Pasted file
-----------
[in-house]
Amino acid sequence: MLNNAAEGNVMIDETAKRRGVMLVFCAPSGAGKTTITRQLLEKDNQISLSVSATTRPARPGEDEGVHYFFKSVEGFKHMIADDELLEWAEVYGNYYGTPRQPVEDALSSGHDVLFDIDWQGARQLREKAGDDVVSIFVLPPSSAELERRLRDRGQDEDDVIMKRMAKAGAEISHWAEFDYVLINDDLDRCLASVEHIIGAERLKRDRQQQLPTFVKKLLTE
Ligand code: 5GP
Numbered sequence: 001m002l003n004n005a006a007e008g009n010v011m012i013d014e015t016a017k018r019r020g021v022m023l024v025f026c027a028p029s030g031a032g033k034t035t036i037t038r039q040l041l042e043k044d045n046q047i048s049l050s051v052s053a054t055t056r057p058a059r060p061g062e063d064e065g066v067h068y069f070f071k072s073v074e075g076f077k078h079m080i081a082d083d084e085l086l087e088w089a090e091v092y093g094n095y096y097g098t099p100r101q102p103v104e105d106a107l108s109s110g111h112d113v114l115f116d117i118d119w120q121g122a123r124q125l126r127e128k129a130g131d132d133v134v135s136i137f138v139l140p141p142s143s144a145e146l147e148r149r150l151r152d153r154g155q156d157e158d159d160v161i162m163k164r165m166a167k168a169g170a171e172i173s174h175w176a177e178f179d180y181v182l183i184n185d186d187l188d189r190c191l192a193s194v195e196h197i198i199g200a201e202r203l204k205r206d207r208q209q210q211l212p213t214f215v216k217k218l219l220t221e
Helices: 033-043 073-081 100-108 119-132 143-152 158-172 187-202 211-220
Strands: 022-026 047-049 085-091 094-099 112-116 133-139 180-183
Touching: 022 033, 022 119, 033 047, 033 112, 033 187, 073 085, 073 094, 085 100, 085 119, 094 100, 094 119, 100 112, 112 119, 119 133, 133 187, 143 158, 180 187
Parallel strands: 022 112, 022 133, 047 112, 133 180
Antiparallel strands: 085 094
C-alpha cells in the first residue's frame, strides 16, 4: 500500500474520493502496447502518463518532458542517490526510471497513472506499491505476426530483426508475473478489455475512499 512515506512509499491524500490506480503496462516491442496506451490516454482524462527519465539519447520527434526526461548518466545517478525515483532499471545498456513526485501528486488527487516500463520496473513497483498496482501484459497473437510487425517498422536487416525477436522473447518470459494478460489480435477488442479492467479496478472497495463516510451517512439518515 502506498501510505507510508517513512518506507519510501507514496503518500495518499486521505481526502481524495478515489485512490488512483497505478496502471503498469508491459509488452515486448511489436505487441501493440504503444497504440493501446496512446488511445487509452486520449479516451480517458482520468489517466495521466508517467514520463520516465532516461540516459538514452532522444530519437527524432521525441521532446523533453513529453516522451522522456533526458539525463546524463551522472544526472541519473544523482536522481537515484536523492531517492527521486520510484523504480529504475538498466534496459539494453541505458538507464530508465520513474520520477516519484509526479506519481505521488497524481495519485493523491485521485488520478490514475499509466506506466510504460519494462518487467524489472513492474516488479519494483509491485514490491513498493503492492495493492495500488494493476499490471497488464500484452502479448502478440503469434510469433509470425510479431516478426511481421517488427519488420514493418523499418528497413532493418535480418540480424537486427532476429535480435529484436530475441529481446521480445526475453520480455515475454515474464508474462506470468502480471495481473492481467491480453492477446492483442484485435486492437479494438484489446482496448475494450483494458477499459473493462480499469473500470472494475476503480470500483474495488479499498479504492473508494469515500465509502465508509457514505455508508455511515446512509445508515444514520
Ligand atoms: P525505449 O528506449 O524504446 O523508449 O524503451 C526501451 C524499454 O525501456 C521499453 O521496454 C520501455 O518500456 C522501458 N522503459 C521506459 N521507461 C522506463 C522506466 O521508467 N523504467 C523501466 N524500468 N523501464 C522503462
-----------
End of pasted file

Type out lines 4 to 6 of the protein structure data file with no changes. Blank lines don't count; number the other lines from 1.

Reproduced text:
Numbered sequence: 001m002l003n004n005a006a007e008g009n010v011m012i013d014e015t016a017k018r019r020g021v022m023l024v025f026c027a028p029s030g031a032g033k034t035t036i037t038r039q040l041l042e043k044d045n046q047i048s049l050s051v052s053a054t055t056r057p058a059r060p061g062e063d064e065g066v067h068y069f070f071k072s073v074e075g076f077k078h079m080i081a082d083d084e085l086l087e088w089a090e091v092y093g094n095y096y097g098t099p100r101q102p103v104e105d106a107l108s109s110g111h112d113v114l115f116d117i118d119w120q121g122a123r124q125l126r127e128k129a130g131d132d133v134v135s136i137f138v139l140p141p142s143s144a145e146l147e148r149r150l151r152d153r154g155q156d157e158d159d160v161i162m163k164r165m166a167k168a169g170a171e172i173s174h175w176a177e178f179d180y181v182l183i184n185d186d187l188d189r190c191l192a193s194v195e196h197i198i199g200a201e202r203l204k205r206d207r208q209q210q211l212p213t214f215v216k217k218l219l220t221e
Helices: 033-043 073-081 100-108 119-132 143-152 158-172 187-202 211-220
Strands: 022-026 047-049 085-091 094-099 112-116 133-139 180-183